Why would the Rays want the headache of Josh Lueke? There are hundreds of young, hard throwing pitchers in the minor leagues that could interest them. They chose (and yes, they chose him) to have Josh Lueke and his past rape follow them from city to city, where apposing teams' fans can hate this man.

This has become a ramble, so I'll move on.

Going back a bit in the Rays history, one of their top draft picks was a man named Josh Hamilton. His story is well known, but I'll gloss over it anyway. Drafted number 1 overall in 2009, Hamilton was considered a blue-chip prospect and a star in the making. In 2001, his drug use started to derail his career. He started using heavily and the Rays sent him to the Betty Ford Center for rehab. He failed his first drug test in 2003, and was showing up late for practice. He would fail 2 more Rays tests and serve a 30-day suspension. MLB would then suspend Josh in 2004 for the entire season after failing at least 2 more tests. These failed tests are from a drug more severe than pot. Josh would be out of baseball for 3 years. Hamilton would return to baseball in 2006 after earning his way back. He was then selected by the Reds in the Rule V draft after being left off the Rays 40-man roster.

Now, before I continue, please understand I don't blame the Rays organization. I blame Josh Hamilton. He alone made these decisions that led to his suspensions. To be fair, Josh hardly comes close to fitting in with the above names. Hamilton is, by all accounts, a nice guy who is trying desperately to avoid falling back into his old habits.

Moving on to a favourite target among Jays fans, Yunel Escobar. Escobar was a 2005 2nd round draft pick for the Braves and would make the Majors in June 2007. Escobar developed a reputation in Atlanta being lazy, not hustling, and not caring. All things that I thought then and now are bullshit. When my favourite team, the Blue Jays, acquired him for SS Alex Gonzalez and prospects Tim Collins (a reliever for the Royals now) and Tyler Pastornicky (a SS who profiles as a utility guy) I was happy. When Escobar came to Toronto he played hard, smart, and well. I saw some of the things the Braves fans didn't like, but nothing alarming. Just minor things. Until September 15, 2012.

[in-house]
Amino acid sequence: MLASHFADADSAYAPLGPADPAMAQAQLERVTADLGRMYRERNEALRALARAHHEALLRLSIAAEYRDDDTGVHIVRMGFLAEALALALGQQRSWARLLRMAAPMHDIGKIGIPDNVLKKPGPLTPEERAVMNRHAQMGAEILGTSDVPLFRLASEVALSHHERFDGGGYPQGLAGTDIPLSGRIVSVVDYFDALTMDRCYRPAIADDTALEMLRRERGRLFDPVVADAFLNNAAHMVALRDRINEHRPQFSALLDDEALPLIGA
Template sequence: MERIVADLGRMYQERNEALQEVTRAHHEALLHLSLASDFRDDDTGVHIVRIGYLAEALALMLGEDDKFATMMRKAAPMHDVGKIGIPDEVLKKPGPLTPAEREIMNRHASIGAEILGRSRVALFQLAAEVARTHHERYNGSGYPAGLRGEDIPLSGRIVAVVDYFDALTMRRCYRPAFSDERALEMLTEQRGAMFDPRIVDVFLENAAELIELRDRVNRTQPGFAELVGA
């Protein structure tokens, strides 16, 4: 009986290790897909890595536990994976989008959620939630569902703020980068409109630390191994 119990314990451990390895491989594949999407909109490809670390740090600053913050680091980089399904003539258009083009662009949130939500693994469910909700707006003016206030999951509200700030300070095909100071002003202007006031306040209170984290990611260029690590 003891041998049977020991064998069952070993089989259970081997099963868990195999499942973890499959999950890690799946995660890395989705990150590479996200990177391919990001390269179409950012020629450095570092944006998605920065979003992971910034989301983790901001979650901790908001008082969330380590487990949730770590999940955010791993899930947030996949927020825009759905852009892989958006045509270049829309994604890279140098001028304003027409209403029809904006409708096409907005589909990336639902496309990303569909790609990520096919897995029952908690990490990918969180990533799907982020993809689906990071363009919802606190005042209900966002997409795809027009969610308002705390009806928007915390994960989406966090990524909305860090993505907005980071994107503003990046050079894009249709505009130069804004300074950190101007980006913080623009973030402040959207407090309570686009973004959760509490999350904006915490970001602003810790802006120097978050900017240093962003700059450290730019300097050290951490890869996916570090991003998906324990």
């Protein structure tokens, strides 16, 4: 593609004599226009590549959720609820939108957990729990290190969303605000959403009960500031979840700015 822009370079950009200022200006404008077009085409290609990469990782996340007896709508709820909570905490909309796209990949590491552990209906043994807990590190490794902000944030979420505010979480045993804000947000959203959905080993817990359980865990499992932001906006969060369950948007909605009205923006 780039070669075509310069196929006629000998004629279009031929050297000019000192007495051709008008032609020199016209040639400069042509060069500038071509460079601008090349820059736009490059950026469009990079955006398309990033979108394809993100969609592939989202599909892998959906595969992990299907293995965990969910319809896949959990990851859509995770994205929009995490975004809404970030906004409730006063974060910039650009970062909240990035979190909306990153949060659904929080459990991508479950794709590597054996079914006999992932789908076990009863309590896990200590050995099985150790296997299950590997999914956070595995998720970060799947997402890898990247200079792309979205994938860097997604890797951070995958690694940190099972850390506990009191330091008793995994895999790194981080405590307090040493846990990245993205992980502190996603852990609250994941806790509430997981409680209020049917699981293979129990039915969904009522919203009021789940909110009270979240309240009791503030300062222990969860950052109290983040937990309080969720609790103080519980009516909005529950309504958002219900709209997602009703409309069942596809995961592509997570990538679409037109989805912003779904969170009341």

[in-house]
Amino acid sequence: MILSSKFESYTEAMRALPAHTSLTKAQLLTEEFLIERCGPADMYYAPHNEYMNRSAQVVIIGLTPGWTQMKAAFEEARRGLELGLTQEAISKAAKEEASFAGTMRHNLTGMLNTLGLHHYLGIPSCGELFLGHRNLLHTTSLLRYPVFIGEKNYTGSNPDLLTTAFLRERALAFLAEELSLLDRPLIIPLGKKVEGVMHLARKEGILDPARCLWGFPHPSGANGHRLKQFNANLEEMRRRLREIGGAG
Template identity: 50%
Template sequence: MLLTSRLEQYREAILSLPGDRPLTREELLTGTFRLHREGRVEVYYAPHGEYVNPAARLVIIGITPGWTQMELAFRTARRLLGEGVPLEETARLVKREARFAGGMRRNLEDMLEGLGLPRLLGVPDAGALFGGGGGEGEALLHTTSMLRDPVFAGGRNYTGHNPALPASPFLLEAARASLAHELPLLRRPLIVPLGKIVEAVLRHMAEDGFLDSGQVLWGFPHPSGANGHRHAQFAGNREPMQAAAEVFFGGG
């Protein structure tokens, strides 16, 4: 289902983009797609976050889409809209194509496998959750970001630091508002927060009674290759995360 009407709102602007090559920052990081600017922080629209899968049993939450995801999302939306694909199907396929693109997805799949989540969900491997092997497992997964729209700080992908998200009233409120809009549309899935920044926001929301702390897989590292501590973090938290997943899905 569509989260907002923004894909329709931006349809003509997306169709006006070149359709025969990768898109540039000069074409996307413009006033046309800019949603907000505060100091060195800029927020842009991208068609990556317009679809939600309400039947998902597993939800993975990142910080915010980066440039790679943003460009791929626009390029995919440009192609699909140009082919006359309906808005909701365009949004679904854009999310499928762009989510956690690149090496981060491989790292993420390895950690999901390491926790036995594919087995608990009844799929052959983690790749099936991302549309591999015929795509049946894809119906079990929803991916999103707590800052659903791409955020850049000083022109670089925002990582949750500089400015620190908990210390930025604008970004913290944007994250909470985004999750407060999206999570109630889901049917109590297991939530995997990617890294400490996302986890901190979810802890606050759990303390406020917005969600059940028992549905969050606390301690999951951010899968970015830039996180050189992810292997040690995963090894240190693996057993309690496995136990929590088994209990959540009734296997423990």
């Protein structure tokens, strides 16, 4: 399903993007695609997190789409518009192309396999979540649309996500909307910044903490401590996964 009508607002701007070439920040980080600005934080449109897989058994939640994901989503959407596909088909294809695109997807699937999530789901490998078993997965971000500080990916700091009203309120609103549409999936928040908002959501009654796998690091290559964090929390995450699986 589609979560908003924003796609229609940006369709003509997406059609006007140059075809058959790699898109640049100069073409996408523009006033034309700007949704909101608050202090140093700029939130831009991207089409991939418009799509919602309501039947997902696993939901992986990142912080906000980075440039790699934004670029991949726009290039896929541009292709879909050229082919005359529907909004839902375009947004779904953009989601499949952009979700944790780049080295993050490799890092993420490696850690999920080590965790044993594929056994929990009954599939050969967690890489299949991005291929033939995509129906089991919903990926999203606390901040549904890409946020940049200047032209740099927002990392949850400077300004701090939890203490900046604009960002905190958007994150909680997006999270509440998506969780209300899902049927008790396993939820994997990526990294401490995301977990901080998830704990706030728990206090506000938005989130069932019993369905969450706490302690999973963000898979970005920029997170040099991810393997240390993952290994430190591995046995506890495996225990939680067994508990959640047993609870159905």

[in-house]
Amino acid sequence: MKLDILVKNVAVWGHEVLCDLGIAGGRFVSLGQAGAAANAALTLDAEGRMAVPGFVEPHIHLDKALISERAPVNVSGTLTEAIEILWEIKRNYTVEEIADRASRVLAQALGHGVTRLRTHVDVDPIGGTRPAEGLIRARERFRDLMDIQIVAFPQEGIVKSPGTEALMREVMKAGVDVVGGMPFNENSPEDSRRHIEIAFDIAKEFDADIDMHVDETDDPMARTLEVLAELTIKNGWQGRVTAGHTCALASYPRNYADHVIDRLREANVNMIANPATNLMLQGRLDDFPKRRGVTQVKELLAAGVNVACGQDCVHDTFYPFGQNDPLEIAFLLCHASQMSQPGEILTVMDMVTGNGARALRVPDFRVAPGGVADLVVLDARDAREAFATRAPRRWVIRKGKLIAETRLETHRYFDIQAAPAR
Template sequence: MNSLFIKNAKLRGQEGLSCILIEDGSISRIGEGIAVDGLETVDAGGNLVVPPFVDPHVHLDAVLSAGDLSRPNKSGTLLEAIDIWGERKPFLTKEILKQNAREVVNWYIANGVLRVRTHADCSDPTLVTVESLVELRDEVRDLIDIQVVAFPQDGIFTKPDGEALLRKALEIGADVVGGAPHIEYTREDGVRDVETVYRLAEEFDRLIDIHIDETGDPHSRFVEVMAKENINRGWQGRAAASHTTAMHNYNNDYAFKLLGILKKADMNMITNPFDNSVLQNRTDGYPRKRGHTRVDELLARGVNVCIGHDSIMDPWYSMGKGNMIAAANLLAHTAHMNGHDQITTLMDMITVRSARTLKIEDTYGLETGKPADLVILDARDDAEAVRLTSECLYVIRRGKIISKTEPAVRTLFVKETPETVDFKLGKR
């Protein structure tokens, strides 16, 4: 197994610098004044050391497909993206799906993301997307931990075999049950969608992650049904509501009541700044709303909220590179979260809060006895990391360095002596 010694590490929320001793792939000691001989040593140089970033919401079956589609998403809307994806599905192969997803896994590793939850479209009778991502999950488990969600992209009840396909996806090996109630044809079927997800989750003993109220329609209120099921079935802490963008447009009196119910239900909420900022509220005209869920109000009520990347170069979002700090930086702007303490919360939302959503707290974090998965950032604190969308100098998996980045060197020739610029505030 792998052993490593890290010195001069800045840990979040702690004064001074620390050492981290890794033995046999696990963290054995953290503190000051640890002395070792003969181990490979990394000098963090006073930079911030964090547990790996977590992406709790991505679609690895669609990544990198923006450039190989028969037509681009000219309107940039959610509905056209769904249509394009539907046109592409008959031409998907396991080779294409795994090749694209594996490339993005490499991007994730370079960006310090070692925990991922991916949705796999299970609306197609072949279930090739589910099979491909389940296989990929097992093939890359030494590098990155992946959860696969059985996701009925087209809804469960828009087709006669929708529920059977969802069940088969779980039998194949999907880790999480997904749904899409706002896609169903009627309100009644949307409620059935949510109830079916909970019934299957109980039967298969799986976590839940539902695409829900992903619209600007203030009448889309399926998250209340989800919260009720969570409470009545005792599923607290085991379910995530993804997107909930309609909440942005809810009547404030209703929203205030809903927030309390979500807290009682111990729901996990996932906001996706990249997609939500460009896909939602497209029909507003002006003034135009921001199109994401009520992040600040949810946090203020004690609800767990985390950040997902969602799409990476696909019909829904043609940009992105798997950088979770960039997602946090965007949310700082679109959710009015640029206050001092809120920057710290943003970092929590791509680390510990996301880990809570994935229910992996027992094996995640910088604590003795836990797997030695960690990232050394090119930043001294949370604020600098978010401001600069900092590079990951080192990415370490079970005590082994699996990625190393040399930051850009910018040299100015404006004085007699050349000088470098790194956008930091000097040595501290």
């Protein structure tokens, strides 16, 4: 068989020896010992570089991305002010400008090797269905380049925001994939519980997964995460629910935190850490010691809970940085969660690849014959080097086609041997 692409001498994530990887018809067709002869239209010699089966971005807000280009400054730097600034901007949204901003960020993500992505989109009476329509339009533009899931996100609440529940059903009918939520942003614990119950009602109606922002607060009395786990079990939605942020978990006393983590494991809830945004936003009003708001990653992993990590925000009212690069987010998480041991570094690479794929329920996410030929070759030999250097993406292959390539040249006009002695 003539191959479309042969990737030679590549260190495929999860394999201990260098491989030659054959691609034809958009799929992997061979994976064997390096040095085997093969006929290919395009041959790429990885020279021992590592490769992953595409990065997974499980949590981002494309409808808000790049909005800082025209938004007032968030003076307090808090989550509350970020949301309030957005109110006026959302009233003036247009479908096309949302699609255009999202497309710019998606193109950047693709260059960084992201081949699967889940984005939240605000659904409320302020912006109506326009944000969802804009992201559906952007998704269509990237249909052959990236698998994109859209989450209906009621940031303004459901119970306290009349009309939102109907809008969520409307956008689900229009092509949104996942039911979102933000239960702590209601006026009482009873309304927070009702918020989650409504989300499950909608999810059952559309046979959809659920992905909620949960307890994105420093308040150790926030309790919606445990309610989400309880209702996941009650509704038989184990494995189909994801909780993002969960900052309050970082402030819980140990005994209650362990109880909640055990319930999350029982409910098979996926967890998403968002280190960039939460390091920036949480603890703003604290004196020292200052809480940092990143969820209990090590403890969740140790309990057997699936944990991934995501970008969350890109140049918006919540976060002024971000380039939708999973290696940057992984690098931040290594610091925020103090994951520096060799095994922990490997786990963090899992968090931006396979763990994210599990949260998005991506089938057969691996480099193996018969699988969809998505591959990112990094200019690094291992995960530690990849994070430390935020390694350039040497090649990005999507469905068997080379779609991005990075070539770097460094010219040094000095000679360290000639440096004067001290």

That was the day that I realized this guy wasn't all there and he may be a problem. He took the field that day wearing his usual eye-black. He had a slight variation on the day, with the phrase "Tu Ere Maricon" written on his face. The phrase translates to "you are a faggot" and immediately cries came out for severe punishment. Escobar was suspended for 3 games and had his salary donated to charity. That the saying was a common thing for Latin ballplayers to say to each other doesn't forgive this stupid display. 

Even Escobar's teammates wouldn't defend him. J.P. Arencibia said "what he did, it's not a joking matter. He needs to be educated on what he can say and can't say." Escobar was traded to the Marlins, then the Rays. It seemed teams just didn't want him. Except the Rays, it seems. 

Escobar made a bit of a wave a few weeks back when he hit a HR off the Jays and did a "safe" taunt across home plate. It was something I thought was funny, but others took it as disrespect and another in the long list of Escobar mistakes. I call bullshit on this, but Escobar is clearly someone who has trouble figuring out what is acceptable.

Next up is Elijah Dukes. 

Dukes has been arrested numerous times for battery and once for assault from 1997 onward. According to records, he fathered at least 5 children with 4 women from 2003 to 2006. In May 2007, Duke's wife (yeah, some woman actually married this prick) filed a restraining order after he threatened the life of her and her children. He sent a picture of a gun to her phone and left her a nice voicemail: 

"Hey, dawg. It's on, dawg. You dead dawg. I ain't even bullshittin. Your kids too, dawg. It don't even matter who's in the car with you. Nigga, all I know is, nigga, when I see your mothafuckin ass riding, dawg, it's on. As a matter of fact, I'm coming to your motherfuckin house." 

In June, Dukes was accused of impregnating a 17-year-old foster child in the care of a relative. When she informed him of the pregnancy, Dukes allegedly threw a bottle of Gatorade at her. 

In December of 2007, Dukes was traded to the Nationals and they hired an ex-police officer to be in the role of "Special Assistant: Player Concerns." 

After his MLB career was over in November 2010, Dukes was arrested for failure to pay child support and in March 2011 for assaulting an ex-girlfriend who was pregnant.

The Rays kept Dukes through all of that. For what? An 88 OPS+ and average defense? They made the right move in trading him, but held on too long to a guy who had trouble written all over him.